What you might not realise is that for every blog post that you see, there’s a couple of failed ones.  Ones that I start and then I run out of steam or time.  Sometimes these posts sit in my “drafts” folder for years.  This is such a post, where I was originally going to tell the story about two patients that were very different in age and lifetyle, both affected by vision loss.  What happened was that I’d gotten half way through, saved the draft and promptly forgotten about it so here it is, edited because I can’t remember the rest of it.

At the beginning of the month, I saw B.  He is a 25 year old guy whose first words to me were: “I’m going blind.”

He said it in a different way from the usual overly-dramatic patients (the ones who are -0.50DS and declare that they are blind without their specs).  His tone was flat, serious.

“What’s causing it?” I asked, setting up the autorefractor.

“Diabetes.” And that was it, no further information.  I nodded.

During my pre-reg, I had seen a young woman with diabetic maculopathy.  It had left one eye 6/60 and the other with exudates very close to the fovea.  I was reminded of her optimism that her bad eye would somehow heal over time and how I had to break the news that, after so long, her vision was not going to improve.  B didn’t sound optimistic – he’d already had that talk with someone.

So we go through to the test room and we chat about life.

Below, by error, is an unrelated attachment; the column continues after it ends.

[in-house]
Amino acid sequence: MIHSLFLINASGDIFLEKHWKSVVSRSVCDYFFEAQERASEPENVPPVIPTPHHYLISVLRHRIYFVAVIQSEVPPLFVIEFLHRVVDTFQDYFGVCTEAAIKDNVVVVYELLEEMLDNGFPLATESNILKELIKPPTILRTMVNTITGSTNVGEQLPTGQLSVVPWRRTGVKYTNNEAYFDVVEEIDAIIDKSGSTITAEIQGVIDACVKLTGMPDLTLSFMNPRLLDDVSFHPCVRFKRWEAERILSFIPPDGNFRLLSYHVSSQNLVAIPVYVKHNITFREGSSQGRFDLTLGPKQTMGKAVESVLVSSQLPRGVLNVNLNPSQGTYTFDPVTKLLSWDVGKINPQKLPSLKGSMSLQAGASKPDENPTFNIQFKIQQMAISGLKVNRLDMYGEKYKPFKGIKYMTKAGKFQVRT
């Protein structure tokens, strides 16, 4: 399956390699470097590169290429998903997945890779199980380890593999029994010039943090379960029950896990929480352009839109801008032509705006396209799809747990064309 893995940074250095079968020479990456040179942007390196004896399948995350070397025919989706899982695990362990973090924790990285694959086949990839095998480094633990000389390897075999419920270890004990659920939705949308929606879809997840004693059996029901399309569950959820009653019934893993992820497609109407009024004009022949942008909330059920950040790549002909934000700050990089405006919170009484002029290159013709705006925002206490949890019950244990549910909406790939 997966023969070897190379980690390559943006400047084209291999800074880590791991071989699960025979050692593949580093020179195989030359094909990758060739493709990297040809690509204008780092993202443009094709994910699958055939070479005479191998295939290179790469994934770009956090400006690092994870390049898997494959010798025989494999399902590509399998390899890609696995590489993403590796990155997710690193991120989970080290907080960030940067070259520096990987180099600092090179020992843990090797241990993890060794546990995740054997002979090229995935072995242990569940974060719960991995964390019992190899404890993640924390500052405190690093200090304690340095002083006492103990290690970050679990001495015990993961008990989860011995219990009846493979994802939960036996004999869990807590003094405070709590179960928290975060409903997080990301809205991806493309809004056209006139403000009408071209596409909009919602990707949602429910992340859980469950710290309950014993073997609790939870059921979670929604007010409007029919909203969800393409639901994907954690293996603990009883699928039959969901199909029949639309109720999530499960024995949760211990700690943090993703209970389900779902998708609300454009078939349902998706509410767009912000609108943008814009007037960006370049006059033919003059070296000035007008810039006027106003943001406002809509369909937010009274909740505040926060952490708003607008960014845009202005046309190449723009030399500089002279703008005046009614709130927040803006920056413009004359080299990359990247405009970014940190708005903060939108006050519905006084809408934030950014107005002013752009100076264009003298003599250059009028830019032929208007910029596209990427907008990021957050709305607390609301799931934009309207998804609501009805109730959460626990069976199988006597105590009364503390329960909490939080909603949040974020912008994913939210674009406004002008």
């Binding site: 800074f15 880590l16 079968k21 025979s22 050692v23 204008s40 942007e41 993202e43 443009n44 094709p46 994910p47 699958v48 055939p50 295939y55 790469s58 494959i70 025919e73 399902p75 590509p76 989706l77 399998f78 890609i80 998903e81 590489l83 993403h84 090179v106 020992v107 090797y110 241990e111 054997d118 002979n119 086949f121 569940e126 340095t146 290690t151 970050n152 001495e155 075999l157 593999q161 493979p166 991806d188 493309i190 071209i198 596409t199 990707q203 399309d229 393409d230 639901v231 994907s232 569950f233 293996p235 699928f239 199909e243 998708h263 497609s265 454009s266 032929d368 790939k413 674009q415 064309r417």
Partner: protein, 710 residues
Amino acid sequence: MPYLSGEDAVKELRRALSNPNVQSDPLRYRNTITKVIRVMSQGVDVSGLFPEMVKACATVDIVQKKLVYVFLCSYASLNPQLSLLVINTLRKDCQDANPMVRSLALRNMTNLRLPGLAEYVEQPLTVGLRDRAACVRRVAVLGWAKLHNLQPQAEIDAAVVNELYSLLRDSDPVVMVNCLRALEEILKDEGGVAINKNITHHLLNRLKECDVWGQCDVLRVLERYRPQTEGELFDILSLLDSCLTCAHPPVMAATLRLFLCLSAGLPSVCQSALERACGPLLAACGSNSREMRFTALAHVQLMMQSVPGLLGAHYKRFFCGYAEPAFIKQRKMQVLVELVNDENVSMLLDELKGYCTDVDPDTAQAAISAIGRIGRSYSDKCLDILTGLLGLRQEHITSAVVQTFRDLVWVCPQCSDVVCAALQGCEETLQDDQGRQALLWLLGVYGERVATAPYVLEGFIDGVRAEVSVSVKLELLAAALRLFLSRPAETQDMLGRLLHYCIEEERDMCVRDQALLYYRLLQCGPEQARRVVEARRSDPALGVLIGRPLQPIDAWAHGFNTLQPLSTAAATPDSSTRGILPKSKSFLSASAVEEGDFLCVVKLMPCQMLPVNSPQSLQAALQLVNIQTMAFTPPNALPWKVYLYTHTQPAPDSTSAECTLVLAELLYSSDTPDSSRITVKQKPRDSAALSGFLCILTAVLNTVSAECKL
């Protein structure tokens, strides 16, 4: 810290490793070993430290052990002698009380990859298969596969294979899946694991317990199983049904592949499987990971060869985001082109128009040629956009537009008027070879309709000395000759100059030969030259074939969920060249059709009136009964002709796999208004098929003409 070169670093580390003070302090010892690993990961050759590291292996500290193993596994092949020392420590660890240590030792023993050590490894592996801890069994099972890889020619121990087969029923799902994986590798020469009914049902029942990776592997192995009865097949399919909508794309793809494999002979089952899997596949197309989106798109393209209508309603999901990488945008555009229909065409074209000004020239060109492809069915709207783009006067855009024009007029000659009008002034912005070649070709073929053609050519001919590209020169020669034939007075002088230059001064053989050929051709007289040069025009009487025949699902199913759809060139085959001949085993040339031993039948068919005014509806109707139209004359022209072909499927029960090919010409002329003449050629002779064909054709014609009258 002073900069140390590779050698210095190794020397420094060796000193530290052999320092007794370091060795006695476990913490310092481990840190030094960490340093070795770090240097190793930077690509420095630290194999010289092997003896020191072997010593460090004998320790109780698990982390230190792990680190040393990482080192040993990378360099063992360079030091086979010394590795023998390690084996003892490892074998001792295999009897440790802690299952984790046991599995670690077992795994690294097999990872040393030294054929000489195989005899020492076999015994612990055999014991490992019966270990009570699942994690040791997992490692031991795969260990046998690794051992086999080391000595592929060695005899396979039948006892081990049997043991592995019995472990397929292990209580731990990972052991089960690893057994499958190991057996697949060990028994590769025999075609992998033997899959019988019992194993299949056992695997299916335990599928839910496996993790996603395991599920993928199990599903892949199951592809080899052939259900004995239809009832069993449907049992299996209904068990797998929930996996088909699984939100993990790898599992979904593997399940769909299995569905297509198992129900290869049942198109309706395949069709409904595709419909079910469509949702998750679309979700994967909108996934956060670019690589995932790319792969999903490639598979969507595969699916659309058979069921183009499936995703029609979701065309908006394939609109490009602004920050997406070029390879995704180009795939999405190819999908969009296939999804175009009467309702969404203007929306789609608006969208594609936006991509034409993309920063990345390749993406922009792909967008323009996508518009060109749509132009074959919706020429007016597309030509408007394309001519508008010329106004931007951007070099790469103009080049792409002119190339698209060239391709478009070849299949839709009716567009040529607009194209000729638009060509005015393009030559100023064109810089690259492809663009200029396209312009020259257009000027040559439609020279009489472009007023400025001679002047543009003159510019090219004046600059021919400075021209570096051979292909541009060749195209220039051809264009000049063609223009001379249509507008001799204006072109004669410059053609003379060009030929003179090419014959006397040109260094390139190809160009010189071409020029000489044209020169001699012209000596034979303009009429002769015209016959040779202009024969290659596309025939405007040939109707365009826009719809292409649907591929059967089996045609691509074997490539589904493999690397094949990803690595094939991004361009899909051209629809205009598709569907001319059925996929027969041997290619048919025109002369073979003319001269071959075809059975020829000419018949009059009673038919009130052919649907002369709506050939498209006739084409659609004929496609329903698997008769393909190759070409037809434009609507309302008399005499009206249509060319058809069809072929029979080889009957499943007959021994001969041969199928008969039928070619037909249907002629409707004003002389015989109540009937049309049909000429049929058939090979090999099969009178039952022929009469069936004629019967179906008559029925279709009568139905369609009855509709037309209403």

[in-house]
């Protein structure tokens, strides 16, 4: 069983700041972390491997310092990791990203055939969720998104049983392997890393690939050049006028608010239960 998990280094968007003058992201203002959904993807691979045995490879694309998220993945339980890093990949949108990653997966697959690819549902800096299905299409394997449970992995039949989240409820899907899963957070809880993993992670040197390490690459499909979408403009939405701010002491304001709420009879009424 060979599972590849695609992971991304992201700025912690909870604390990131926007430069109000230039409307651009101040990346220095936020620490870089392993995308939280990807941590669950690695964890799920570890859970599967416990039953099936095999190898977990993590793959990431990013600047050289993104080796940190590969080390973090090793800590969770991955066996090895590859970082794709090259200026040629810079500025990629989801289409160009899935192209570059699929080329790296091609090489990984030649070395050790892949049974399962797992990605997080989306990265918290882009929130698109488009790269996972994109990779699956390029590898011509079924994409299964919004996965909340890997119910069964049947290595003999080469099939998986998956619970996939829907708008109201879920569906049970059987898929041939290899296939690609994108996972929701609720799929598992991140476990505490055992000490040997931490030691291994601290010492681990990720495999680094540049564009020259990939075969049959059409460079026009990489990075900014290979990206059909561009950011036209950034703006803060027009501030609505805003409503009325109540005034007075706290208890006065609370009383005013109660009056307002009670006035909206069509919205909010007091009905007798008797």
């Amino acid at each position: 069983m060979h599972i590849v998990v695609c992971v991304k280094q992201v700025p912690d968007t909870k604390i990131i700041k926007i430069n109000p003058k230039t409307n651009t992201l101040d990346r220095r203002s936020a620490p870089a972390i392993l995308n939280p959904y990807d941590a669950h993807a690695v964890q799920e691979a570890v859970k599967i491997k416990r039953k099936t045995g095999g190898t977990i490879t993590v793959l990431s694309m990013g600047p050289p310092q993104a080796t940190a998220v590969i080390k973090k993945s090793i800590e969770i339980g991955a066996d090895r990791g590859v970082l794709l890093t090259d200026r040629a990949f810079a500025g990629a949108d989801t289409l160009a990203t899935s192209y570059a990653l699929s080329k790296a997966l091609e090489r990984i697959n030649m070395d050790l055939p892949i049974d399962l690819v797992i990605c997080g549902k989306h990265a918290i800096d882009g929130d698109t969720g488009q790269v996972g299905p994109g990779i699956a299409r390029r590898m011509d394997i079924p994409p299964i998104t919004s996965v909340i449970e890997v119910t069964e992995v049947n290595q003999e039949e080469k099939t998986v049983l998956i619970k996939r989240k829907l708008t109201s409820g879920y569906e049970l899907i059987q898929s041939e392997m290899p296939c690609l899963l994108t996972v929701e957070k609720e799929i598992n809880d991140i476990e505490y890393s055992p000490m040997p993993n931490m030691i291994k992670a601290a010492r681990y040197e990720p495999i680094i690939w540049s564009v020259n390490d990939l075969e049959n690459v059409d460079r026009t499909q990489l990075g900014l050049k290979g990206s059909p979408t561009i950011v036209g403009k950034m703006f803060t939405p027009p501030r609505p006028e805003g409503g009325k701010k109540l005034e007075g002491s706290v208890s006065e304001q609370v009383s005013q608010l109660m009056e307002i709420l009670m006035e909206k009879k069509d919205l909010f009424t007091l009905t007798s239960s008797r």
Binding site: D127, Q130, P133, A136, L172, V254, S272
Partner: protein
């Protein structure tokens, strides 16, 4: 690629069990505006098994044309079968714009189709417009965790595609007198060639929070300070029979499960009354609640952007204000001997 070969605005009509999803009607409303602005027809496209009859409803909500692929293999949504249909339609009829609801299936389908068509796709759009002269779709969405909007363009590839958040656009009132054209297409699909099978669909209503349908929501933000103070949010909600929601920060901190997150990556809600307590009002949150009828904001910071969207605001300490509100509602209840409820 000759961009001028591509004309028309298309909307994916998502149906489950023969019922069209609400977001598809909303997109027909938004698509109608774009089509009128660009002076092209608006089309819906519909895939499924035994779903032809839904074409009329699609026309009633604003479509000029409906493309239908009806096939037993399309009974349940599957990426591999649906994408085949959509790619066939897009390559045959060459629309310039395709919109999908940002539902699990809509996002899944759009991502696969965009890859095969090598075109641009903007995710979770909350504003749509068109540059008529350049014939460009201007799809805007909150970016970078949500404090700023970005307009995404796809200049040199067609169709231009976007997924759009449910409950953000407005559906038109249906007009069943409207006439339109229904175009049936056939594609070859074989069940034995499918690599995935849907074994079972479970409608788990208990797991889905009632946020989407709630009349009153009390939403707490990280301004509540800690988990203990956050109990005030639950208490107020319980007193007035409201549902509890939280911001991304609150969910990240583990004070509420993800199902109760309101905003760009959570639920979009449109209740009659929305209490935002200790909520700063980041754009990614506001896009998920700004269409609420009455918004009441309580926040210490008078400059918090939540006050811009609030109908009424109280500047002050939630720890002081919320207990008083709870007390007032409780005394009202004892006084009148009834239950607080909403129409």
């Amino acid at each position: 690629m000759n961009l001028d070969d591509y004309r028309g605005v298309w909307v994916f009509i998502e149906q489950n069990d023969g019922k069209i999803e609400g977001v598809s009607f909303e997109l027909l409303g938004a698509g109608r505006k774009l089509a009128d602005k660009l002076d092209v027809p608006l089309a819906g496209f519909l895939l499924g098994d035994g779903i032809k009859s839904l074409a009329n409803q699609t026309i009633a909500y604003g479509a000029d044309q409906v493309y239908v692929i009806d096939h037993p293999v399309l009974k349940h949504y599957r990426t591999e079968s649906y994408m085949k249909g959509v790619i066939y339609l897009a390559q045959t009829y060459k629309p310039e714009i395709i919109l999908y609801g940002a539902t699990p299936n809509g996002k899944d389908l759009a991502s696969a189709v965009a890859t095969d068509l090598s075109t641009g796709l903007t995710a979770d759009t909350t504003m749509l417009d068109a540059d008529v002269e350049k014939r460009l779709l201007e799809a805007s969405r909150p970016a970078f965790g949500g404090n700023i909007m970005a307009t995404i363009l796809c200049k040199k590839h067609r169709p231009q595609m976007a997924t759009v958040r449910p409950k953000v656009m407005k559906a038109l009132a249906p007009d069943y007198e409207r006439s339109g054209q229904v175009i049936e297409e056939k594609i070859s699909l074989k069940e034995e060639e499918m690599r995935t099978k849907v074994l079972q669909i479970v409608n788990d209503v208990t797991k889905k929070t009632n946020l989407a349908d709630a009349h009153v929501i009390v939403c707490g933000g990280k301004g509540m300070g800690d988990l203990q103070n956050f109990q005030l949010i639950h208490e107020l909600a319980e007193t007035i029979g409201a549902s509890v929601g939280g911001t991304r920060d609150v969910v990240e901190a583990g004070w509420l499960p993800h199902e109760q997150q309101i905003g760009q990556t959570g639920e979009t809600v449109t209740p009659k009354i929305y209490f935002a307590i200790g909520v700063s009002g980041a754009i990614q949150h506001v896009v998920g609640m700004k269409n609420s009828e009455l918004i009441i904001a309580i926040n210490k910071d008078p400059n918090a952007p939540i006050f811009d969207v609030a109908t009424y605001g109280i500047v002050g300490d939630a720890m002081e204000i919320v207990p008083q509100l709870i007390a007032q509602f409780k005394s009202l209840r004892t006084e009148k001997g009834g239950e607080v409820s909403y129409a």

At his first eye test (in July last year), my colleague took one look in his eyes and called HES.  B was seen the same day and that was the start of a very difficult 9 months for him.

He’s lost his job as a forklift driver because he doesn’t meet the visual requirements.  He’s now on Job Seekers’ Allowance.  As B struggles to control his diabetes (he was diagnosed as Type 1 when he was in nursery), he is struggling to find a job that would accommodate his unpredictable healthcare needs.  He had been in and out of hospital several times since the New Year and, in fact, the next day he had an appointment with an ophthalmologist.

B’s a smart guy.  He’s read up on his condition and he realises how close he is to losing his sight.  He knows that the ophthalmologist might laser his peripheral retina to save the macula.  B asks a few questions about the procedure: how does it work? Will it hurt? Will he be able to drive?

He had a small minus prescription but felt that there was a change in his vision.  I refracted him and found him a little more myopic, which could be normal progression or may be the result of better diabetic control.  As he was seeing the ophthalmologist the next day, I had his specs glazed for him straight away and gave him a copy of his prescription with VAs on it for the ophthalmologist to see.

I’m always surprised when we see patients with diabetes who don’t attend their retinal screening and/or get regular eye examinations.  It’s especially strange since those with diabetes are entitled to a “free” eye test* every year.  I wonder if it’s denial, lack of education, lack of understanding or a combination of many things.

* Paid for by the NHS so free at point of delivery.